On March 14th, I leave for Lurin, Peru with 23 of my college students and parishioners. We will visit our Diocesan orphanage, Casa Hogar Juan Pablo II, in which I plan to take my binoculars to do some star gazing with the kids. Heavy on my heart is my last trip to Peru in which I had a life changing conversation with one of the orphans. She was turning 17, which meant she had to leave Casa Hogar (its the law in Peru). I asked her what she planned to do and instantly she said, “I want to be a flight attendant.” When I asked why, she explained, “Father, I want to be a flight attendant because it is the only way I will be able to see anything other than this reality.” Her eyes turned heavenward and I could tell she wanted to risk a daydream, but then she cast her gaze down, seeming to fear the disappointment that dream could create. I wanted to do anything I could to help her become a flight attendant.
Astronomy is a fascinating field of study and has become very “gadget and gizmo” laden. Whether its the computer guided, auto tracking, Schmidt-Cassegrain Telescope or the digital camera that costs as much as the downpayment on a car, there can be for the amateur a dangerous trap of making astronomy more about the gadgets and less about the experience: To wonder at the stars and ask the big questions of life. Just as being overly technology focused in astronomy can injure our sense of wonder, so, too, can being overly “tech oriented” with the New Evangelization breed a similar danger: Obsessing to much on the tools of evangelization instead of focusing on what evangelization is supposed to create – an encounter with the living God. As we gaze into our monitors, we can forget to gaze upon the image of Christ in our neighbor, especially the poor. We can unintentionally distance ourselves from the poor, treating them as an outcast as we fixate on our parallel lives of Facebook and Twitter. In a real way, the New Evangelization must call us away from our “gadgets and gizmos” to focus more on the basics: Love of God and neighbor.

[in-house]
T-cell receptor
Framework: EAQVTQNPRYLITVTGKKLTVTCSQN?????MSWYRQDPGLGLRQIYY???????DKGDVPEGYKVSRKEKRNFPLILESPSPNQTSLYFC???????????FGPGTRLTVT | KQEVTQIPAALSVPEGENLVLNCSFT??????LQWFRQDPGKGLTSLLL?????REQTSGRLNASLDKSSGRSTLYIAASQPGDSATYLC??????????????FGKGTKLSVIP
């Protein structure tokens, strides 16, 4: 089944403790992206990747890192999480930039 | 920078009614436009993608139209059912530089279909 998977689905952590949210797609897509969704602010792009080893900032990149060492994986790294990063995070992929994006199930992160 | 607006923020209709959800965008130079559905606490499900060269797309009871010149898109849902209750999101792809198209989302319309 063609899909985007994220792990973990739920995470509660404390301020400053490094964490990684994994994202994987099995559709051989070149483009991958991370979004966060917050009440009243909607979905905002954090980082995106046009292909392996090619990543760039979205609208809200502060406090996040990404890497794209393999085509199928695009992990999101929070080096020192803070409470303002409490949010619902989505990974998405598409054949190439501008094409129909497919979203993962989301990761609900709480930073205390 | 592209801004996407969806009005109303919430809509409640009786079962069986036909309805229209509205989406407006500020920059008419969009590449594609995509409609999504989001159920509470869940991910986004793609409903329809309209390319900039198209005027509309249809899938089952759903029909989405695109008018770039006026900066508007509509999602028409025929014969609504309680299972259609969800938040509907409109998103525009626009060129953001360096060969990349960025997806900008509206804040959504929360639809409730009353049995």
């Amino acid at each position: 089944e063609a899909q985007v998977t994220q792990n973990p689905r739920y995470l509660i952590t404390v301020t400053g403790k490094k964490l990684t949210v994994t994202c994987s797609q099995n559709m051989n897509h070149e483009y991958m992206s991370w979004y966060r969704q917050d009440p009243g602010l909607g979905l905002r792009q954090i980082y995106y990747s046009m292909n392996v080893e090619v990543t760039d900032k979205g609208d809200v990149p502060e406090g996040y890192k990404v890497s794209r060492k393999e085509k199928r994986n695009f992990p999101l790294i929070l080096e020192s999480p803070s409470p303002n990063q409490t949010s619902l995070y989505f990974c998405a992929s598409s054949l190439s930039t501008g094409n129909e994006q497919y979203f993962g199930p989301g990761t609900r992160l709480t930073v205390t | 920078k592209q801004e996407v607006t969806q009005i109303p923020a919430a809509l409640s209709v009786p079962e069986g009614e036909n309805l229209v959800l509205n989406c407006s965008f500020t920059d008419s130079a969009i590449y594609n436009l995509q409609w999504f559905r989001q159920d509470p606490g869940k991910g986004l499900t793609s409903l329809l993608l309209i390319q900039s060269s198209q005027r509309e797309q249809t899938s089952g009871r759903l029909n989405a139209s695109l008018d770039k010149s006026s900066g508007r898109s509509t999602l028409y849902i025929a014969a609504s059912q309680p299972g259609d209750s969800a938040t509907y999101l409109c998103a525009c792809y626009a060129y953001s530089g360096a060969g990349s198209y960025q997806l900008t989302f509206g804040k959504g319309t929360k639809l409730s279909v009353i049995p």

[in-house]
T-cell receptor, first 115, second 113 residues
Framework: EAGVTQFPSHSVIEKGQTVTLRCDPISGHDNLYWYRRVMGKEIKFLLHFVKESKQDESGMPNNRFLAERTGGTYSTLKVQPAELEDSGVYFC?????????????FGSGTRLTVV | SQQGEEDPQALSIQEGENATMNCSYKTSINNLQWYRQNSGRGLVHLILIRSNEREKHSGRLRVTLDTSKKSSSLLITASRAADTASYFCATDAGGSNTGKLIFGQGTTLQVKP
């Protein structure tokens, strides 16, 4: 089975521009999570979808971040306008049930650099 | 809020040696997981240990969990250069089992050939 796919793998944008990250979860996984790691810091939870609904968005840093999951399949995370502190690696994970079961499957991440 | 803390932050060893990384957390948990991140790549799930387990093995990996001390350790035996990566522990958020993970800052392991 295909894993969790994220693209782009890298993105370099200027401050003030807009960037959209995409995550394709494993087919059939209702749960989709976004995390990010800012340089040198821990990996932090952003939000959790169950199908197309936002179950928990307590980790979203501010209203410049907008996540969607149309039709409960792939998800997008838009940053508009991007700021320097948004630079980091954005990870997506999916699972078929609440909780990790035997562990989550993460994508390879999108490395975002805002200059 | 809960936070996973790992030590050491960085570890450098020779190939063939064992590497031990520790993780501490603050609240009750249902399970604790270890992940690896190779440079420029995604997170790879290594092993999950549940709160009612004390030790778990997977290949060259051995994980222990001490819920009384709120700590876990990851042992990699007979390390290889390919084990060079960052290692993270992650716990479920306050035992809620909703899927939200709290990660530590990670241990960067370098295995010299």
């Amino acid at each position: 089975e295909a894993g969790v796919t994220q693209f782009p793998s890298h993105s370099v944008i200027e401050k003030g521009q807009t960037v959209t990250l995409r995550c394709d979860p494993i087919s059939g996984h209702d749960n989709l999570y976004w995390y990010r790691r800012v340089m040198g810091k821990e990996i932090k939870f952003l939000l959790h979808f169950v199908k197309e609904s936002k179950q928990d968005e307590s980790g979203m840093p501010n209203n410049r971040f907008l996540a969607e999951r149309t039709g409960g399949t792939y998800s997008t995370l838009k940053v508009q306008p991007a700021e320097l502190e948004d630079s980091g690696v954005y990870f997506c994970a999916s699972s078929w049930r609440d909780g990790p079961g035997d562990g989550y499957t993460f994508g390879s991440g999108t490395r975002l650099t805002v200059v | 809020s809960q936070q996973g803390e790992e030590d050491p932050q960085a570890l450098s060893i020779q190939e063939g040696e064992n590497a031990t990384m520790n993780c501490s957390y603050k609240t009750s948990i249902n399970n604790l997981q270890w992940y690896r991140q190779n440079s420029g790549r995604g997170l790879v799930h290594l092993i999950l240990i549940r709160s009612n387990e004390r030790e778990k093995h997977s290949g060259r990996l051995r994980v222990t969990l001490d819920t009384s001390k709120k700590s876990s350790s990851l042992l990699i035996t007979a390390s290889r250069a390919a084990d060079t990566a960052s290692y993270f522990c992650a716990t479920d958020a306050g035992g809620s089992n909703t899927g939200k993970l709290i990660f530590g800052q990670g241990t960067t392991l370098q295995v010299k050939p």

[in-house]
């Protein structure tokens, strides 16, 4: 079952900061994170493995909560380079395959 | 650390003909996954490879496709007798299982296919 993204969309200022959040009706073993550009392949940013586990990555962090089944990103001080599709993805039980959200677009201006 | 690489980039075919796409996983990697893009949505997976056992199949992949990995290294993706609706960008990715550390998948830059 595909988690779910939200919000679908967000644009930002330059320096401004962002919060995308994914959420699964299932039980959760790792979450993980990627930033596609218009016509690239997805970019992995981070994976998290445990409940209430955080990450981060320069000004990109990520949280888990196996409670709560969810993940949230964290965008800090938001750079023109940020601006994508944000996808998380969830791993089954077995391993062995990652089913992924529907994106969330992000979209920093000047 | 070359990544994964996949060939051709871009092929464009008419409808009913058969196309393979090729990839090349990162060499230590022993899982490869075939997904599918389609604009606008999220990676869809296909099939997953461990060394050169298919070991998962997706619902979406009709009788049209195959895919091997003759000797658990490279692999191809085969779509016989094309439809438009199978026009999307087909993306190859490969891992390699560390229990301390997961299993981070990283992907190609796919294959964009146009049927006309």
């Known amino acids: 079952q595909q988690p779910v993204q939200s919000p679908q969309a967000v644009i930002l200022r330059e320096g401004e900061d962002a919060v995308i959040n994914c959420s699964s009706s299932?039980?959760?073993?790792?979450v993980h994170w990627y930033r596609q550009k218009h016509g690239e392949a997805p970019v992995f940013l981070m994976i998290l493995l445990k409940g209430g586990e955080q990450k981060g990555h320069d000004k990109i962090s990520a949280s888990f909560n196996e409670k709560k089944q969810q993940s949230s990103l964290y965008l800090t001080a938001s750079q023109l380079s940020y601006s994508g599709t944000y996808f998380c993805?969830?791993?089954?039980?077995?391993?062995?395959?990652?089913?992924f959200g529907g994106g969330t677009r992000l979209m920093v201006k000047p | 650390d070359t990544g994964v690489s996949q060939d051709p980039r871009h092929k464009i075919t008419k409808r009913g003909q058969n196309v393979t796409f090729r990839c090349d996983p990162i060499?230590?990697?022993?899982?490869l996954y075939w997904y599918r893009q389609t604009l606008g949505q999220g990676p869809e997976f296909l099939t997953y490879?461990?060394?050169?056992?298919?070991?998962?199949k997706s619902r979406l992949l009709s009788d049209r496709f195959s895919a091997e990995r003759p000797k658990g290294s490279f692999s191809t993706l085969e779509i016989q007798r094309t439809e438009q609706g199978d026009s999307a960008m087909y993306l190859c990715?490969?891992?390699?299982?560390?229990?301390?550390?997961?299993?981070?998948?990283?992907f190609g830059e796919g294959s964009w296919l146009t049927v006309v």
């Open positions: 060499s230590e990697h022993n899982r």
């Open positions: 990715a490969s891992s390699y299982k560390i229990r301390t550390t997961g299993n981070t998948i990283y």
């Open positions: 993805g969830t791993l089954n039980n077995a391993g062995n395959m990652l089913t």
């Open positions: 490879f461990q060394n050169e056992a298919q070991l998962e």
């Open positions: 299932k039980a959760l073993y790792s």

As I spend a week in Peru, I pray the kids will experience the same joy I did the first time I gazed into the night sky through a simple pair of binoculars. I hope to show them that just because they are often deemed the “lost children of Peru” that they don’t have to sacrifice their sense of hope. And I hope to share with them that, just as wonderful and beautiful as the stars of the night sky are, in the eyes of God, they are more luminous than all the stars of the Milky Way.
Question: If you had a week in Peru with some of the country’s poorest and most forgotten children, having only your faith, a pair of binoculars, and the night sky, how would you share with them the beauty of creation and God’s unconditional love for them? I would love your feedback before I go!